BOSTON SHOOTINGS -- HOW DO YOU UNDERSTAND THE BROTHERS?

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    Apr 19, 2013 11:58 PM GMT
    This article from the Wall Street Journal (re-posted below) seems to show that they were mentally normal, relatively assimilated, and had a reasonable social life. What do you think changed them?

    U.S. NEWS Updated April 19, 2013, 7:15 p.m. ET
    Two Brothers' Lives Veered Off Course
    Disbelief Surrounds Allegations Involving Family Who Fled Chechnya Conflict
    By ALAN CULLISON, PAUL SONNE and JENNIFER LEVITZ


    Where did the alleged bombers of the Boston Marathon come from? What were their career aspirations? What can we learn from their online media presence? WSJ's Jason Bellini has "The Short Answer."
    The two Chechen brothers wanted in the Boston Marathon bombing set about building American lives after coming to the U.S. about a decade ago.

    Tamerlan Tsarnaev, 26 years old, became a successful Golden Gloves boxer. His younger brother, Dzhokhar, 19, was a nursing student and became an American citizen just last year, on Sept. 11.

    But a close examination of the Tsarnaev family's life in the U.S. shows a hopeful immigrant trajectory veering off course.

    On Thursday, a dragnet of cinematic proportion played out in Boston's eerily quiet streets after the two brothers were branded as the architects of Monday's Boston Marathon bombings. A midnight gun battle in Watertown, Mass., left Tamerlan dead, and police put Boston on lockdown after Dzhokar eluded capture in the wee hours of Friday. As of late Friday, he remained at large.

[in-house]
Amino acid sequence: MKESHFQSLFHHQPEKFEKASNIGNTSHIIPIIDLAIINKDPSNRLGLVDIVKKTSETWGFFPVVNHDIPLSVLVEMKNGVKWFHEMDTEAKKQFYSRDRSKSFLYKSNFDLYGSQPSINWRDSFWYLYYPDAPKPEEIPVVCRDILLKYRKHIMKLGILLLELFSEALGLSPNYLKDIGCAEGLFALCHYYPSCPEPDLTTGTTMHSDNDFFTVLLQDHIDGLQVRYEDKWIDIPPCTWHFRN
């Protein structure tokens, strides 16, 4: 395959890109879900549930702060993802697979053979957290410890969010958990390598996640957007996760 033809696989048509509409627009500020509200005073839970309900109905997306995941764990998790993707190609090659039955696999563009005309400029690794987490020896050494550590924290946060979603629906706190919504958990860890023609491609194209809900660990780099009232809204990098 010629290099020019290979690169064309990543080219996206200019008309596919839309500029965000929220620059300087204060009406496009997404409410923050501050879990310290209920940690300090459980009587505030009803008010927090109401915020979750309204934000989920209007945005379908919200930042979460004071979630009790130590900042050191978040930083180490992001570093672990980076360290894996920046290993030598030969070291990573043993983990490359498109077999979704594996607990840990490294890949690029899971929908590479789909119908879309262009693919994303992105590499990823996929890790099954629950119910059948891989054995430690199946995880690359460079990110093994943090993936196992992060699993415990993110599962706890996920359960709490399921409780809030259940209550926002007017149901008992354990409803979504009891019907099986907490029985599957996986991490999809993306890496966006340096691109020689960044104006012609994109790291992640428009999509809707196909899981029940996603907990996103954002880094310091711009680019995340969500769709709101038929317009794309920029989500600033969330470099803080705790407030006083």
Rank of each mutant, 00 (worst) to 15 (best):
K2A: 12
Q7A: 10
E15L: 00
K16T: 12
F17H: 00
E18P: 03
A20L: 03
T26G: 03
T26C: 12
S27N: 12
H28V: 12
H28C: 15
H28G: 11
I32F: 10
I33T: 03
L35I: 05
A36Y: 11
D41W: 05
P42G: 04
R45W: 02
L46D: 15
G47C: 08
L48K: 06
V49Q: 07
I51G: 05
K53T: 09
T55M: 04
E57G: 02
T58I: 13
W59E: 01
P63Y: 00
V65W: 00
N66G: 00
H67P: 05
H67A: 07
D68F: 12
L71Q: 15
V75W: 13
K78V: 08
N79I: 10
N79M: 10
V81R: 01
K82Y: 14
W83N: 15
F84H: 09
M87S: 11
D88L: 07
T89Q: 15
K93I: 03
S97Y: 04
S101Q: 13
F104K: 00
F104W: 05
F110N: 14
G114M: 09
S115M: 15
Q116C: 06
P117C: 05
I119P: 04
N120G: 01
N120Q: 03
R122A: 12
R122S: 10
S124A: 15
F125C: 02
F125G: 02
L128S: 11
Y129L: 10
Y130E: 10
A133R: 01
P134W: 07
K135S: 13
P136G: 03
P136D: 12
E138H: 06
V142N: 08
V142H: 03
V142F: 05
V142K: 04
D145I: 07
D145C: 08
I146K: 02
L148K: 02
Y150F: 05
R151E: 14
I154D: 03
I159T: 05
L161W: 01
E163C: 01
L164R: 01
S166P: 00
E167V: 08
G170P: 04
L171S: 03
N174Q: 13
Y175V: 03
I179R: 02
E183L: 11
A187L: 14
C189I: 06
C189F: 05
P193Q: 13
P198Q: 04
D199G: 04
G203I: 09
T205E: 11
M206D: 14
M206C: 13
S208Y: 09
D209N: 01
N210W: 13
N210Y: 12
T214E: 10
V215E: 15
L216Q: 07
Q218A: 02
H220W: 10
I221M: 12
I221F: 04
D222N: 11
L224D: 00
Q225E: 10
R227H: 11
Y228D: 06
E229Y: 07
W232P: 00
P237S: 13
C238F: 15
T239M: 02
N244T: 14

Former New York Mayor Rudy Giuliani comments on the hunt for one of two brothers of Chechen background suspected in Monday's Boston Marathon bombings, and whether the U.S. is in a better state to prevent terrorism now in 2001.

    On Friday, details from their lives emerged through interviews with neighbors and relatives, and from their online activities. Acquaintances recalled the brothers as strong students and avid athletes. They left few clues suggesting they would be capable of the gruesome acts the police say they committed.

    But the patriarch of the family, a talented auto mechanic named Anzor Tsarnev, never found steady work. Tamerlan, his eldest son, failed to make a career out of boxing, dropped out of community college for lack of money and struggled to find work.

    Living on public assistance in a multifamily house in Cambridge, the family began to fray, friends said. The parents separated. Anzor Tsarnaev returned to Russia, battling a brain tumor.

    The brothers' mother, Zubeidat K. Tsarnaev, 45, was arrested last June for allegedly stealing $1,624 in clothes at a Lord & Taylor store in Natick, Mass. She was charged with two counts of malicious/wanton damage and defacement.

    Along the way, Tamerlan's attitude seemed to sour.

    "I like the USA," he told the Lowell Sun newspaper in 2004 while competing in a boxing tournament shortly after arriving in the U.S. "America has a lot of jobs." But a caption a later accompanying an online photo of him a few years later reads: "Originally from Chechnya, but living in the U.S. since five years… I don't have a single American friend, I don't understand them."

    Ruslan Tsami, an uncle of the two brothers, told reporters outside his Maryland home Friday that his nephews were "losers" who were unable to settle into American life "and thereby just hating everyone who did." He said he didn't think there was an ideological motive. "This has nothing to do with Chechnya," he said. He also indicated there was a rift between him and his brothers. "It's personal," he said, "I didn't like them."

    Tamerlan Tsarnaev, at right in photo, in a 2009 Golden Gloves boxing match in Salt Lake City.